Maybe I’m just a killjoy, but when both characters are as believably rotten as Nick and Amy, let’s not default to the old poor henpecked hubby trope with a dose of Rosemary’s Baby-bait-and-switch as an otherwise fine dark satire rumbles to its denouement.

Like last fall’s superior PrisonersGone Girl aims to say something profound about the “little pink houses for you and me” that provide cold comfort when we are faced with the violent horrors those closest to us can callously inflict. Yet, Gone Girl falls short. In this current moment, when people are withholding marriage from one group by claiming its sanctity for another, Gone Girl is just the poison pill our hyperbolic national debate needs. I just wish the film or the book (or both) had had the courage to see its dark thesis through to the story’s final frames.




Reel Roy Reviews is now a book! Thanks to BroadwayWorld for this coverage – click here to view.

In addition to online ordering at Amazon or from the publisher Open Books, the book currently is being carried by Bookbound, Common Language Bookstore, and Crazy Wisdom Bookstore and Tea Room in Ann Arbor, Michigan and by Green Brain Comics in Dearborn, Michigan.

My mom Susie Duncan Sexton’s Secrets of an Old Typewriter series is also available on Amazon and at Bookbound and Common Language.

26 thoughts on ““Why should I die? I’m not the a$$hole.” Gone Girl (film review)

  1. Great review. I saw this today. I must admit, I was disappointed even though I still thought it was well executed and well cast. Rosamund Pike was phenomenal! Something about it was too even, not enough highs and lows. But I also read the book so knew what was coming, so it’s hard to say. Loved the book more.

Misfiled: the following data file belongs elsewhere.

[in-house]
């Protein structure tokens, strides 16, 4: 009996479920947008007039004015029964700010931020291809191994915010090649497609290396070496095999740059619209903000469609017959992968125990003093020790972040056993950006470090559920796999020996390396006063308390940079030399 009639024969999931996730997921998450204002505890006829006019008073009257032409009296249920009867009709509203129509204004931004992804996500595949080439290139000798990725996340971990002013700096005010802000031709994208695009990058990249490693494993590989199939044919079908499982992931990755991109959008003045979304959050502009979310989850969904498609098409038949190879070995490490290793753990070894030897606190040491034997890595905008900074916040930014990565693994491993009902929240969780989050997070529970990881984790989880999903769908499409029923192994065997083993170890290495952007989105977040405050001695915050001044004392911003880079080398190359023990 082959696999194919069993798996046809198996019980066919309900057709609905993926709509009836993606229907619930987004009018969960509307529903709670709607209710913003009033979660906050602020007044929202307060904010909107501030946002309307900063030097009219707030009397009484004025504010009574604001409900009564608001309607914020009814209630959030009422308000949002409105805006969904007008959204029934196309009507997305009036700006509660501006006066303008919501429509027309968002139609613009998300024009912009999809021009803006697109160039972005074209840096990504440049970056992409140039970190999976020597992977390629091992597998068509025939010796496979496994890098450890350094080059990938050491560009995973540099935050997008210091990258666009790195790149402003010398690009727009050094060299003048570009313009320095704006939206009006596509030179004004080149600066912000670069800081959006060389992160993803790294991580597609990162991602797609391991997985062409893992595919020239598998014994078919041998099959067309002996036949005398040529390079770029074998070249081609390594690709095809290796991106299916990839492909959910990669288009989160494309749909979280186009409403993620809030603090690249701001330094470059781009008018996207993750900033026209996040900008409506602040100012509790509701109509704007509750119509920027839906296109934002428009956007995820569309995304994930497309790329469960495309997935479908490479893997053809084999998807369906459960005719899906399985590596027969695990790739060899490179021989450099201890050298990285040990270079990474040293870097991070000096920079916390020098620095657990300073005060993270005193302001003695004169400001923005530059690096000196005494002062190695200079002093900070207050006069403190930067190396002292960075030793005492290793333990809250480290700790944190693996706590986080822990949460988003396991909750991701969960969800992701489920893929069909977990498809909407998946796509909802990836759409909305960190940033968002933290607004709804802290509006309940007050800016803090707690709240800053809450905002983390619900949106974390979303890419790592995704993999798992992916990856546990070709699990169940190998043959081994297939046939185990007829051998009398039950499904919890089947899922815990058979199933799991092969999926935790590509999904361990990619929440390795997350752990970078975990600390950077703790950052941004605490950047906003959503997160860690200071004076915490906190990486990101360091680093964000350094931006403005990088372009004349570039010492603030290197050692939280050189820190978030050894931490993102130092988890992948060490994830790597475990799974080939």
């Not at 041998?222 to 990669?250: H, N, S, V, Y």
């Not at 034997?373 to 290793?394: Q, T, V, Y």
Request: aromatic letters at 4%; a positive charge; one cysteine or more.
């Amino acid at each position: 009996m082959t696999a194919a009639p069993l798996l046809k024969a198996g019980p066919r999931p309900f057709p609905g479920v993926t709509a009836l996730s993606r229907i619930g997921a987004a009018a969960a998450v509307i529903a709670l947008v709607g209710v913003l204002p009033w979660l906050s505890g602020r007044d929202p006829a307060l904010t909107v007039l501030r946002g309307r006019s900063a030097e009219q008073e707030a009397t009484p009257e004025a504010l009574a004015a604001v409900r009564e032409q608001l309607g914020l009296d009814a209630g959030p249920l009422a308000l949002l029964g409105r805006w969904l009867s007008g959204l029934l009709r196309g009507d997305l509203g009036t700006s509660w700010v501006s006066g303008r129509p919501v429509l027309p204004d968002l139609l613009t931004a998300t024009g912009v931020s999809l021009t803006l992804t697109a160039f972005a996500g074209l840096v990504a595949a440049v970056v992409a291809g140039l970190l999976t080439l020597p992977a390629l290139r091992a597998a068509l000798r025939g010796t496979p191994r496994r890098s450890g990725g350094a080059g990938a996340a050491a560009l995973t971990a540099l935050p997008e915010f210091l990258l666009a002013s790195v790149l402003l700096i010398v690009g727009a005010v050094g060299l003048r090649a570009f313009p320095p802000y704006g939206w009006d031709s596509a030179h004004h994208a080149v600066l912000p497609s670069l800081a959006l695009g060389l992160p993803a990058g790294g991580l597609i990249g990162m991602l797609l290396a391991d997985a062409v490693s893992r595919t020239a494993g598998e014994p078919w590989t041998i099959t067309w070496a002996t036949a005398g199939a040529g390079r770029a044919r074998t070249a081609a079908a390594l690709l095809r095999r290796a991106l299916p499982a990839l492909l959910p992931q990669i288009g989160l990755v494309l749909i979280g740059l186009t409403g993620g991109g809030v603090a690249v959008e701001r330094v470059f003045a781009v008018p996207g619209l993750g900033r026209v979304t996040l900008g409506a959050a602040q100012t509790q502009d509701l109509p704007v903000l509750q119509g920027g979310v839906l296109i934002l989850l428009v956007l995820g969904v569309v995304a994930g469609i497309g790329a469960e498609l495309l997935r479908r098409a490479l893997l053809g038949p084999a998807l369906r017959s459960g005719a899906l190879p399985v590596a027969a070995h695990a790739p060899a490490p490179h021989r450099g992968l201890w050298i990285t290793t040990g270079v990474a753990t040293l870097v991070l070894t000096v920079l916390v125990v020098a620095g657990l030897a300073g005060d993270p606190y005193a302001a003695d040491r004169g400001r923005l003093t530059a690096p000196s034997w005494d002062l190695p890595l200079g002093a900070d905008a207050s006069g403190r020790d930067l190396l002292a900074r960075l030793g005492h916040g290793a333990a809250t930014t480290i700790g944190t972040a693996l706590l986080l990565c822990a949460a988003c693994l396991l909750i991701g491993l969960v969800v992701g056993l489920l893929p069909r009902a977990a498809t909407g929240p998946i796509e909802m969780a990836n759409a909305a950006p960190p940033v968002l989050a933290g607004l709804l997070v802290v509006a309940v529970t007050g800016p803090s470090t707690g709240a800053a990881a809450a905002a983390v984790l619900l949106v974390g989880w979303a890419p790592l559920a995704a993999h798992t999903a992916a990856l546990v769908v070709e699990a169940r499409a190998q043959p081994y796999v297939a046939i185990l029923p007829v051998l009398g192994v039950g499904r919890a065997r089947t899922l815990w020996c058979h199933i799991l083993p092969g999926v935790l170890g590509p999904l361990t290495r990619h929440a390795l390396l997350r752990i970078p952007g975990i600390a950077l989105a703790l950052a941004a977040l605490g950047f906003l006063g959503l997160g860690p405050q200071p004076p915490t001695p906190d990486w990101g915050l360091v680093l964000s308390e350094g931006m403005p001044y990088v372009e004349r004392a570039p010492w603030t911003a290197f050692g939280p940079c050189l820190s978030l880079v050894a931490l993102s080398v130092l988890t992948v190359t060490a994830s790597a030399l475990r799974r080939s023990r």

2. i loved your dark review of this dark story, especially the first paragraph. i read the book and am interested in seeing how it has been translated on screen. too bad it seems a bit off, in print, it was a great see-saw of back and forth twists and emotions.

    • yeah, I suspect it is missing that see-saw toward the end – it’s there for the first two-thirds, but toward the end Amy becomes a low-rent Sharon Stone/Basic Instinct-knock-off

      On Sun, Oct 5, 2014 at 11:37 AM, Reel Roy Reviews wrote:


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  4. okay, what do I know? I loved the entire treatment from beginning to conclusion? and the cast will be discussing THEIR EFFORTS Monday evening ’round the Charlie Rose table! saw a sneak preview of such. and perfectly cast Ben attempts to be all cerebral as a panelist and misses the mark just like his character (or lack of it?) does in the film. that lead girl was stunning to the max…she won me over…and I understood her motivations and nearly every move she made? am I naughty? so be it…womankind is forever in an uphill struggle across the board…an ongoing human tragedy finally captured either via the novel (unread by me), this film (viewed by me) or Rosamund herself…this review is AMAZING….

    • I’m so glad you enjoyed it! I did too, and, as we discussed on the phone, it’s not that I disliked the last third, but I just didn’t know what to make of it. Your comments help. I thought she was superb. And I hope she is justly rewardedfor her work. And I do agree in that I understood and appreciated her motives as well. I suspect that’s why the book and the movie or as popular as they are, though people may be loathe to admit why


      • bingo! it is a shallow piece…like a comic book…but the depth of the idea of leveling the “playing” field is not to be taken lightly…the major players contributed zilch on the rose show…afraid of their own ideas? the silly repetitious nudity hurt the film…and diluted the eventual scene with doogie baby! would have brought the movie down to reasonable length had they forgone those scenes BTW!

      • Spot on! I agree 100%! I would’ve enjoyed the movie a lot more if they remained as arch throughout as they were in the beginning, cut the nudity, didn’t try to apologize for Affleck’s character, and made the damn thing 20 minutes shorter


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  6. I stopped reading mid-way so I don’t spoil it. I wasn’t going to go see this movie, until I read this. You make it sound a lot more interesting that the movie previews have made it out to be. Now…to wait for it to be released on digital.

      • It’s funny, last night my dad called to describe an ‘award movie’. He was rambling about plot lines and all the holes in them when I finally recognized he was talking about Gone Girl. I had to politely shut him up so he wouldn’t spoil the ‘surprise’ for me. Apparently I will have to be on my toes to avoid this happening.